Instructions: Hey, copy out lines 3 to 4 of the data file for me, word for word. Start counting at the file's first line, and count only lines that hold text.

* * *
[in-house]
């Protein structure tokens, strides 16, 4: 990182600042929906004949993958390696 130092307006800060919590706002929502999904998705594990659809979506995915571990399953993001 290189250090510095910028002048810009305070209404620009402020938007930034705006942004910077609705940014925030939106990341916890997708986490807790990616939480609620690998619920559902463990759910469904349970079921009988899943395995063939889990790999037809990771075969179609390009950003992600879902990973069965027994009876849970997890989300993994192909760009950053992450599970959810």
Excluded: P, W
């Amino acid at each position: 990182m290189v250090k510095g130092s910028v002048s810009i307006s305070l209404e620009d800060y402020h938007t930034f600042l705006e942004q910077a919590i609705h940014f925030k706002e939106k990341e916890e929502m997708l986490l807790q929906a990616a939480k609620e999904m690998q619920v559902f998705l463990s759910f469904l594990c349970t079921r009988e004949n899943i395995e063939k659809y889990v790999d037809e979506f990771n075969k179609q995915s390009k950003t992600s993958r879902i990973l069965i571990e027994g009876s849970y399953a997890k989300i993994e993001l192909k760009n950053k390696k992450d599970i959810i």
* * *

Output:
Excluded: P, W
């Amino acid at each position: 990182m290189v250090k510095g130092s910028v002048s810009i307006s305070l209404e620009d800060y402020h938007t930034f600042l705006e942004q910077a919590i609705h940014f925030k706002e939106k990341e916890e929502m997708l986490l807790q929906a990616a939480k609620e999904m690998q619920v559902f998705l463990s759910f469904l594990c349970t079921r009988e004949n899943i395995e063939k659809y889990v790999d037809e979506f990771n075969k179609q995915s390009k950003t992600s993958r879902i990973l069965i571990e027994g009876s849970y399953a997890k989300i993994e993001l192909k760009n950053k390696k992450d599970i959810i």